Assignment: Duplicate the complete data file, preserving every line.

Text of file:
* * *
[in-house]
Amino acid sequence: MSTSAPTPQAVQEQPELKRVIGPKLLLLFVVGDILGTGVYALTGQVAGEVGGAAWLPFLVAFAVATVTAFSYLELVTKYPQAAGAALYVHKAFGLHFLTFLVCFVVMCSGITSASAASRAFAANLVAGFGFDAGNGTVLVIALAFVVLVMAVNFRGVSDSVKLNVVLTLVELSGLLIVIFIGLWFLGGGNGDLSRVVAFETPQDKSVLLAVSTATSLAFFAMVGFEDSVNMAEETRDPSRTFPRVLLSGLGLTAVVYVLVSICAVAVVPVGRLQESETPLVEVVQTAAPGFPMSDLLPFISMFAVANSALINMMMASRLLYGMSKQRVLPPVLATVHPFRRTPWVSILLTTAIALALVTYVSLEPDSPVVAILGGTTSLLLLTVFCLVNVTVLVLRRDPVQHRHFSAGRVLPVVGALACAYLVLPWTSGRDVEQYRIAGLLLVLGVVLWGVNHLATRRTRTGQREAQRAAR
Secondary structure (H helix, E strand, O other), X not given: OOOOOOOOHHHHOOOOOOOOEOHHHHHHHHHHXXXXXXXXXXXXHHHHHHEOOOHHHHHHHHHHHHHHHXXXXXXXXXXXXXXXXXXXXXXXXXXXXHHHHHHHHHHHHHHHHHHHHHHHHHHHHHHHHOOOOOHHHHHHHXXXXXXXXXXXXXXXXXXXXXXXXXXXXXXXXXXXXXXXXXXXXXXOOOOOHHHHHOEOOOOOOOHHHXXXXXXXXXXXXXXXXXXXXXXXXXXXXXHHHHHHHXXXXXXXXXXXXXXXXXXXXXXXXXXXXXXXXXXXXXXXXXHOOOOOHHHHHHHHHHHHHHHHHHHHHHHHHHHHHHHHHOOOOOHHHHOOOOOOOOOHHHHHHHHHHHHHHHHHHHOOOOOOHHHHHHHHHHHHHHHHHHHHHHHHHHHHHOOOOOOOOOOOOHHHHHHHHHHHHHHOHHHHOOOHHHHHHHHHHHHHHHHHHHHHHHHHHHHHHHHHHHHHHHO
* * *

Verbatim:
[in-house]
Amino acid sequence: MSTSAPTPQAVQEQPELKRVIGPKLLLLFVVGDILGTGVYALTGQVAGEVGGAAWLPFLVAFAVATVTAFSYLELVTKYPQAAGAALYVHKAFGLHFLTFLVCFVVMCSGITSASAASRAFAANLVAGFGFDAGNGTVLVIALAFVVLVMAVNFRGVSDSVKLNVVLTLVELSGLLIVIFIGLWFLGGGNGDLSRVVAFETPQDKSVLLAVSTATSLAFFAMVGFEDSVNMAEETRDPSRTFPRVLLSGLGLTAVVYVLVSICAVAVVPVGRLQESETPLVEVVQTAAPGFPMSDLLPFISMFAVANSALINMMMASRLLYGMSKQRVLPPVLATVHPFRRTPWVSILLTTAIALALVTYVSLEPDSPVVAILGGTTSLLLLTVFCLVNVTVLVLRRDPVQHRHFSAGRVLPVVGALACAYLVLPWTSGRDVEQYRIAGLLLVLGVVLWGVNHLATRRTRTGQREAQRAAR
Secondary structure (H helix, E strand, O other), X not given: OOOOOOOOHHHHOOOOOOOOEOHHHHHHHHHHXXXXXXXXXXXXHHHHHHEOOOHHHHHHHHHHHHHHHXXXXXXXXXXXXXXXXXXXXXXXXXXXXHHHHHHHHHHHHHHHHHHHHHHHHHHHHHHHHOOOOOHHHHHHHXXXXXXXXXXXXXXXXXXXXXXXXXXXXXXXXXXXXXXXXXXXXXXOOOOOHHHHHOEOOOOOOOHHHXXXXXXXXXXXXXXXXXXXXXXXXXXXXXHHHHHHHXXXXXXXXXXXXXXXXXXXXXXXXXXXXXXXXXXXXXXXXXHOOOOOHHHHHHHHHHHHHHHHHHHHHHHHHHHHHHHHHOOOOOHHHHOOOOOOOOOHHHHHHHHHHHHHHHHHHHOOOOOOHHHHHHHHHHHHHHHHHHHHHHHHHHHHHOOOOOOOOOOOOHHHHHHHHHHHHHHOHHHHOOOHHHHHHHHHHHHHHHHHHHHHHHHHHHHHHHHHHHHHHHO